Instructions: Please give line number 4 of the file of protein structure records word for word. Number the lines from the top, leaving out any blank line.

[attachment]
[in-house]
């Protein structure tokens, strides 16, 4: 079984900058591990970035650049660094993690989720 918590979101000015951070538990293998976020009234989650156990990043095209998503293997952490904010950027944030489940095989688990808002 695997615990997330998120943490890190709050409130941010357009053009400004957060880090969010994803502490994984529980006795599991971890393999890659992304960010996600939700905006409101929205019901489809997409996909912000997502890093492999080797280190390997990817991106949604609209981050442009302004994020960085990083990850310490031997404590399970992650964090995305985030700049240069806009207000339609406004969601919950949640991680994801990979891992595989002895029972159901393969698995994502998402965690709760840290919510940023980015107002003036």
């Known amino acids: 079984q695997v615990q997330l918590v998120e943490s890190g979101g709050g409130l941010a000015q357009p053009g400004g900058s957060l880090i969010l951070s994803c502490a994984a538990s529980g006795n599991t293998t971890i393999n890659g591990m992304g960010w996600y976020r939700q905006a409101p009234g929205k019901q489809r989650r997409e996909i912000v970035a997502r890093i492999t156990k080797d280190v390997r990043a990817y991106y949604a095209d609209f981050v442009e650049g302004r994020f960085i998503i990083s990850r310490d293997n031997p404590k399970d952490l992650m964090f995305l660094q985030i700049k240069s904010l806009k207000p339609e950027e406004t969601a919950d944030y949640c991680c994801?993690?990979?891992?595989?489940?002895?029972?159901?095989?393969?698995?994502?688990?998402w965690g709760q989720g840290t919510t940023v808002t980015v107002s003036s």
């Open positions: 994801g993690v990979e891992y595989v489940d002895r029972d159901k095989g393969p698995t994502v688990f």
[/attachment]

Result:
């Open positions: 994801g993690v990979e891992y595989v489940d002895r029972d159901k095989g393969p698995t994502v688990f």